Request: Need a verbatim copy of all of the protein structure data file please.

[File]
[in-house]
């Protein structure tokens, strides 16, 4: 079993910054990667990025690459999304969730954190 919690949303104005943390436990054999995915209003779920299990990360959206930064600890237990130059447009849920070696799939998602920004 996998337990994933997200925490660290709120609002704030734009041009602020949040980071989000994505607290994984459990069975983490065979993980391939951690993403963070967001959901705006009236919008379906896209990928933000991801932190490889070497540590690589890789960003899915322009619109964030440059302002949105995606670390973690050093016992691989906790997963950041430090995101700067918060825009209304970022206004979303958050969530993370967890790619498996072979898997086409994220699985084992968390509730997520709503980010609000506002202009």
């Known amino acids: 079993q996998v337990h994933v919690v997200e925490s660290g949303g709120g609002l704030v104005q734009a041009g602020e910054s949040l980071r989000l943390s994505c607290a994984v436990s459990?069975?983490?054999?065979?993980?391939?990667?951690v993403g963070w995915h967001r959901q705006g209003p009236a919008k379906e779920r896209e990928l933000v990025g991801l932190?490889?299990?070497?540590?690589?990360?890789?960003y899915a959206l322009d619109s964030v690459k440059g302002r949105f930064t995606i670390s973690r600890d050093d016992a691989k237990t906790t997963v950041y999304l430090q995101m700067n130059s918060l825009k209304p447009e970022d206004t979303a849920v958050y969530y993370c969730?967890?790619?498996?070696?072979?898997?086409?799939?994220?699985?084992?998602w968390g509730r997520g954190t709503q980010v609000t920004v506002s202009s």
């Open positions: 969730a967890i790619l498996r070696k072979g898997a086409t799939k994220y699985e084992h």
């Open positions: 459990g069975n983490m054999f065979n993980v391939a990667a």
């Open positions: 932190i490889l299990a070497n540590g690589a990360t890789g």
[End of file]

[in-house]
């Protein structure tokens, strides 16, 4: 079993910054990667990025690459999304969730954190 919690949303104005943390436990054999995915209003779920299990990360959206930064600890237990130059447009849920070696799939998602920004 996998337990994933997200925490660290709120609002704030734009041009602020949040980071989000994505607290994984459990069975983490065979993980391939951690993403963070967001959901705006009236919008379906896209990928933000991801932190490889070497540590690589890789960003899915322009619109964030440059302002949105995606670390973690050093016992691989906790997963950041430090995101700067918060825009209304970022206004979303958050969530993370967890790619498996072979898997086409994220699985084992968390509730997520709503980010609000506002202009």
């Known amino acids: 079993q996998v337990h994933v919690v997200e925490s660290g949303g709120g609002l704030v104005q734009a041009g602020e910054s949040l980071r989000l943390s994505c607290a994984v436990s459990?069975?983490?054999?065979?993980?391939?990667?951690v993403g963070w995915h967001r959901q705006g209003p009236a919008k379906e779920r896209e990928l933000v990025g991801l932190?490889?299990?070497?540590?690589?990360?890789?960003y899915a959206l322009d619109s964030v690459k440059g302002r949105f930064t995606i670390s973690r600890d050093d016992a691989k237990t906790t997963v950041y999304l430090q995101m700067n130059s918060l825009k209304p447009e970022d206004t979303a849920v958050y969530y993370c969730?967890?790619?498996?070696?072979?898997?086409?799939?994220?699985?084992?998602w968390g509730r997520g954190t709503q980010v609000t920004v506002s202009s």
């Open positions: 969730a967890i790619l498996r070696k072979g898997a086409t799939k994220y699985e084992h």
């Open positions: 459990g069975n983490m054999f065979n993980v391939a990667a």
């Open positions: 932190i490889l299990a070497n540590g690589a990360t890789g």